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27 August 2015 : Original article  

Metabolic Syndrome in Thai Renal Transplant Recipients: A Multicenter Study

Prajej RuangkanchanasetrABDEFG, Sakarn BunnagB, Attapong VongwiwatanaB, Nalinee PremasathianB, Yingyos AvihingsanonB, Pongsathorn GojaseniB, Thanom SupapornE, Bancha SatirapojACE

DOI: 10.12659/AOT.893664

Ann Transplant 2015; 20:500-505


BACKGROUND: Many renal transplant recipients develop complications such as obesity, posttransplantation diabetes mellitus, and dyslipidemia. There have been few studies of metabolic syndrome (MS) in Asian renal transplant recipients.

MATERIAL AND METHODS: This cross-sectional study was performed in 303 patients in 5 transplant centers in Bangkok, Thailand. The diagnosis of MS was based on the criteria of the modified NCEP-ATPIII, and chronic allograft dysfunction was defined as estimated glomerular filtration rate (eGFR) <60 mL/min/1.73 m^2.

RESULTS: Of 303 recipients, MS was diagnosed in 94 cases (31.0%) and the prevalence of MS in the first 3 years and after 3 years posttransplantation were 21.4% and 34.7% (P=0.042), respectively. There was an association between advanced age and chronic allograft dysfunction and higher prevalence of MS. Regarding non-anti-hypertensive and non-hypoglycemic medications, m-TOR inhibitor (odds ratio [OR], 2.14; 95% CI, 1.02–4.5) was associated with the prevalence of MS. Multivariate analysis revealed MS was associated with the use of beta-blockers (OR, 3.17; 95% CI, 1.88–5.32). Patients with no MS components had 26.9% prevalence of chronic allograft dysfunction and patients with higher numbers of MS components had 87.5% prevalence of chronic allograft dysfunction, which was significantly different (P=0.022).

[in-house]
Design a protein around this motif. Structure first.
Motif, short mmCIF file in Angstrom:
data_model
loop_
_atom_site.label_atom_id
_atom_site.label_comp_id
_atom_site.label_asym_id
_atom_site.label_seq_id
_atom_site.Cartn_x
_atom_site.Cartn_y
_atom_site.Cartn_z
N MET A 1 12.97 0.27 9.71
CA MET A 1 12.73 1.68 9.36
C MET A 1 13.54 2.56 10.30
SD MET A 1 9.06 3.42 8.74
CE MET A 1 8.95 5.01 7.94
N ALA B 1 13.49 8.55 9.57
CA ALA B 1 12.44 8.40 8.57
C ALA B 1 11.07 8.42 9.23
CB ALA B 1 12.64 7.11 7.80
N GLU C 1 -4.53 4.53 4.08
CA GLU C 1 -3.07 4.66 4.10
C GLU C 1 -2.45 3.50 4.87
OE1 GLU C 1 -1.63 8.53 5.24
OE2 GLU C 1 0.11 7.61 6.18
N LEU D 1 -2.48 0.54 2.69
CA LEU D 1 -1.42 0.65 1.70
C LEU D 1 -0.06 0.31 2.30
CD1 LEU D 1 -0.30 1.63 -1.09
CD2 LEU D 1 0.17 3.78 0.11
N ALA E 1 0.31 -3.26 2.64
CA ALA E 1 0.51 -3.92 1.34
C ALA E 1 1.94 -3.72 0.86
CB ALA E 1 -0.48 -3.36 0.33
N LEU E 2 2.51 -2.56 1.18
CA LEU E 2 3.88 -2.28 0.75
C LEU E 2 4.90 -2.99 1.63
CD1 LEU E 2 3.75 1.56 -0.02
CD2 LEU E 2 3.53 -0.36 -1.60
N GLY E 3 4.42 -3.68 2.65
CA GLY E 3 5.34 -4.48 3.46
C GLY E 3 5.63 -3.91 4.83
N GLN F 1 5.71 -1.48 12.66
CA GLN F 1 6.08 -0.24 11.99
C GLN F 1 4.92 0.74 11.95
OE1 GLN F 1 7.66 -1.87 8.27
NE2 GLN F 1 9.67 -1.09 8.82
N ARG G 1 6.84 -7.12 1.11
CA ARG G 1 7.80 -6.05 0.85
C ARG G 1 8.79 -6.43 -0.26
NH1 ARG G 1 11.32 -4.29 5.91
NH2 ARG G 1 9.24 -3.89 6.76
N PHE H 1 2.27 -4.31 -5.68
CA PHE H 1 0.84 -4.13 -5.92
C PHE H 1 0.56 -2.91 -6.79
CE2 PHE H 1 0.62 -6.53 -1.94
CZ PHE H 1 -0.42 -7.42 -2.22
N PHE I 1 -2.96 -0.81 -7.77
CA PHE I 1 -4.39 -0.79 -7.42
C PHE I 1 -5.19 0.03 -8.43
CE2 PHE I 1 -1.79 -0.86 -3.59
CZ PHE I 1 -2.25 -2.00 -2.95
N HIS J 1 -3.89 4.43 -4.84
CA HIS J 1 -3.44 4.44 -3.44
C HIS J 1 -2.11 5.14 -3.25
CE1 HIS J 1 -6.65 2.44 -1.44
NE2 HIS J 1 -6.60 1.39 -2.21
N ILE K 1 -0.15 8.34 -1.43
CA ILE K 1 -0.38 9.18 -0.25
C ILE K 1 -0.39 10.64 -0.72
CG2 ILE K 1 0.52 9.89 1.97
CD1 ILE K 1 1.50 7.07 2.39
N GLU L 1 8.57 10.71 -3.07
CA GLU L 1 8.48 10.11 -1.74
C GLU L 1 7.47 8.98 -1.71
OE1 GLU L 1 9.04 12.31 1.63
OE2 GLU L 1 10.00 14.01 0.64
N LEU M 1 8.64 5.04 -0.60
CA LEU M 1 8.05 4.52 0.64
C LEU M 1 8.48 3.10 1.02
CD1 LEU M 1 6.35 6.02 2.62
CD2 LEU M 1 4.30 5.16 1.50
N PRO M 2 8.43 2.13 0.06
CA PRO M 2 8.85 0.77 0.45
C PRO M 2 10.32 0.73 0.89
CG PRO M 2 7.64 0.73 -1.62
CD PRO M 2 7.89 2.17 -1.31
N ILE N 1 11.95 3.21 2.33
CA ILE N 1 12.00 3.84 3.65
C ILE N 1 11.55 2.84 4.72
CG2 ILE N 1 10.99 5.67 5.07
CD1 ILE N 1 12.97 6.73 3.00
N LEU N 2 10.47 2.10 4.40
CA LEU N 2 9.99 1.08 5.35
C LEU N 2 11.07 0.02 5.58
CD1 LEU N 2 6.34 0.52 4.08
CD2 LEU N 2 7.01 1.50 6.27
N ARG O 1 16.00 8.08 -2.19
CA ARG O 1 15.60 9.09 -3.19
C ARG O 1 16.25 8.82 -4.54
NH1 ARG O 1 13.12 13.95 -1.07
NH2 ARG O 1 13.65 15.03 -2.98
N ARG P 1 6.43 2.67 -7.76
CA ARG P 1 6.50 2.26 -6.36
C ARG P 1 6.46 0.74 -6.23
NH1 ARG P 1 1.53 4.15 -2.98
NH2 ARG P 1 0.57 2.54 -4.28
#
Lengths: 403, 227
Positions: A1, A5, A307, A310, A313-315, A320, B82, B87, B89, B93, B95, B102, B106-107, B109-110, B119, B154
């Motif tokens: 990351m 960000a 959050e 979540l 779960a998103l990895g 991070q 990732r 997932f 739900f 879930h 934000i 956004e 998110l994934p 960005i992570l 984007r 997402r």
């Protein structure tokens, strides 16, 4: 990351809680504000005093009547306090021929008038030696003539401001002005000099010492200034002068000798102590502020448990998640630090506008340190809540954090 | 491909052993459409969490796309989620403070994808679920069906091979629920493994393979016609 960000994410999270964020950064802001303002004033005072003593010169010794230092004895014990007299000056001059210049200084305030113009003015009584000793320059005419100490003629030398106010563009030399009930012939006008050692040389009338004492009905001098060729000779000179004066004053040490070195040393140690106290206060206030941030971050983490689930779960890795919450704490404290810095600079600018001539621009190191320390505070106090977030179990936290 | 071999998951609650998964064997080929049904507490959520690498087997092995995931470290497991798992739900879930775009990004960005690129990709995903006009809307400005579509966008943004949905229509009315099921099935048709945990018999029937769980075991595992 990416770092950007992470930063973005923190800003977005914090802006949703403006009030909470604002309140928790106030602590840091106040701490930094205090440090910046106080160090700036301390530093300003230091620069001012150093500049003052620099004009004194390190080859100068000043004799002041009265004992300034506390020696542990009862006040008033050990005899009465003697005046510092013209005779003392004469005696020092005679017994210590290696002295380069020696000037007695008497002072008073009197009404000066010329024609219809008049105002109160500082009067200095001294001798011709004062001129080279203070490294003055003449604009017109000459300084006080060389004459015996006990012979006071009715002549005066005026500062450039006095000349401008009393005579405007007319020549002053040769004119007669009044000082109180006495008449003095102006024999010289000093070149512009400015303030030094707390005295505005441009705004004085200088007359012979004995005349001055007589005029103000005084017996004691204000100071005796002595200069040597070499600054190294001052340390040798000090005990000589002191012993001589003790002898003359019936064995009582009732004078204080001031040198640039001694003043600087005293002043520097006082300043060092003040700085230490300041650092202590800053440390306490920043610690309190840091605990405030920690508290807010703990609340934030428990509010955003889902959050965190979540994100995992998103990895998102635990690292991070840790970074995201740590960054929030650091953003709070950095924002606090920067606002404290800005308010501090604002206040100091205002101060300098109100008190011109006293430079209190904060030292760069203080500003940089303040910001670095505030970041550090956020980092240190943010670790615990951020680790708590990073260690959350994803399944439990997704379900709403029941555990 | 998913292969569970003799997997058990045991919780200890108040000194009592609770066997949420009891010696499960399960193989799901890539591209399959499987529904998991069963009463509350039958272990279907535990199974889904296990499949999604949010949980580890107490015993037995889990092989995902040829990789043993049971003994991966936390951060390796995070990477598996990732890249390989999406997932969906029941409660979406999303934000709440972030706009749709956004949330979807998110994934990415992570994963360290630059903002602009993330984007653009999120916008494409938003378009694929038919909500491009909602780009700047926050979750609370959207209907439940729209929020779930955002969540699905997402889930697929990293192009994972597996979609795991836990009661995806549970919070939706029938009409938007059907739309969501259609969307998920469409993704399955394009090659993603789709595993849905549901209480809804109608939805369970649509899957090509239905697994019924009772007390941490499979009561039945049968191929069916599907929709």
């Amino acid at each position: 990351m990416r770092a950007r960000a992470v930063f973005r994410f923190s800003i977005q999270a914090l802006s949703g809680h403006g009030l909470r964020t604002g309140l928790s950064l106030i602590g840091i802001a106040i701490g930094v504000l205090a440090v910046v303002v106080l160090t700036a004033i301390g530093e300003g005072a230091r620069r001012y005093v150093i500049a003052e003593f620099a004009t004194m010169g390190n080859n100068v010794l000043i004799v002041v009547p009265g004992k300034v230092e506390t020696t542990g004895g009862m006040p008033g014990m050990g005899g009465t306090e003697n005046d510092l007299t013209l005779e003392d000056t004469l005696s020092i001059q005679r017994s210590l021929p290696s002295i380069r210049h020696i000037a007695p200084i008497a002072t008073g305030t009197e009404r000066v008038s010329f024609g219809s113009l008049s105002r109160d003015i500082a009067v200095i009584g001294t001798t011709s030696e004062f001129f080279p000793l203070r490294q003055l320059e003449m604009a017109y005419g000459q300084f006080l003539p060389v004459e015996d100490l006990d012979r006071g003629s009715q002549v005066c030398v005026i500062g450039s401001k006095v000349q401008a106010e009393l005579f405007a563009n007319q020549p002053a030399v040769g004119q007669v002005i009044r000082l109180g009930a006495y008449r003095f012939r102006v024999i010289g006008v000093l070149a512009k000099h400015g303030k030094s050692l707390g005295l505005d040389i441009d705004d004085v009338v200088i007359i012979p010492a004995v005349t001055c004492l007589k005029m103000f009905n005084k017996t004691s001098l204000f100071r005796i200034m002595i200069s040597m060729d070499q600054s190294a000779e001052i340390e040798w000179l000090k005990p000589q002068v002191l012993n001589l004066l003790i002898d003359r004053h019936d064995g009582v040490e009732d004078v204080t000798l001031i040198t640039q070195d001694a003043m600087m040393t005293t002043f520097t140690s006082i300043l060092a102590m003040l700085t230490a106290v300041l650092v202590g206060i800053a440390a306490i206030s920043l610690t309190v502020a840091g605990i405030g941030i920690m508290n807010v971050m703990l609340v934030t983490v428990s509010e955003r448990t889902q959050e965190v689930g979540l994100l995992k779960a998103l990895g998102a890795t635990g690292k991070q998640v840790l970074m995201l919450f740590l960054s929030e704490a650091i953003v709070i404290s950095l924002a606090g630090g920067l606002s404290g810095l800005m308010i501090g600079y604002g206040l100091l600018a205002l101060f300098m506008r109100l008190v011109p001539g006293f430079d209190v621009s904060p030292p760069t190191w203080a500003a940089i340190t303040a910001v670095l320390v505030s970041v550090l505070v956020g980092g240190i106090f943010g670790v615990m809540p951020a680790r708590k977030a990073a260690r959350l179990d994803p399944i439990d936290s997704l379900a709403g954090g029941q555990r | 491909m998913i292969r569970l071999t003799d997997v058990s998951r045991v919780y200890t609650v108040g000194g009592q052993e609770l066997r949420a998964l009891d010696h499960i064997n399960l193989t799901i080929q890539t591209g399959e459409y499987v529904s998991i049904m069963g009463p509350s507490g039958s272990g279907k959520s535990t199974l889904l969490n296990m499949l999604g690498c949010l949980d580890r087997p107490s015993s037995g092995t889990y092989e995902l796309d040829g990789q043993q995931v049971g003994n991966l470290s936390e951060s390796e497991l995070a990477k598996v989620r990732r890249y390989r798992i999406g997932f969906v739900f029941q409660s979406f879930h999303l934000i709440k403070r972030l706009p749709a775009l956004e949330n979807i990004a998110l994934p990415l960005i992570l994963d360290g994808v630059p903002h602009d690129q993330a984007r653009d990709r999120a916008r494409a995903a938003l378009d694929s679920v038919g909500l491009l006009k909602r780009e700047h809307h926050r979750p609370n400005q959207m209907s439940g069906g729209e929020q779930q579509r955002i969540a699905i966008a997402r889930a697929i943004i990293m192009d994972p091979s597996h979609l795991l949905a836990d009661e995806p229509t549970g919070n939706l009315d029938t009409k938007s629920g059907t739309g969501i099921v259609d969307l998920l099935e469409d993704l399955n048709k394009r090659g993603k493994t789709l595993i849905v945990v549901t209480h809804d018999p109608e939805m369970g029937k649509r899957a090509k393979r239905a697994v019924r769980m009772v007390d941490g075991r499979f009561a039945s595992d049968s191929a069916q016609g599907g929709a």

CONCLUSIONS: Our study revealed that the prevalence of MS was higher in patients with higher numbers of MS components, especially after 3 years posttransplantation. Presence of more components of MS was associated with worse renal function in renal transplant recipients.

Keywords: Allografts, Diabetes Mellitus, Glomerular Filtration Rate, metabolic syndrome, Obesity

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Annals of Transplantation eISSN: 2329-0358
Annals of Transplantation eISSN: 2329-0358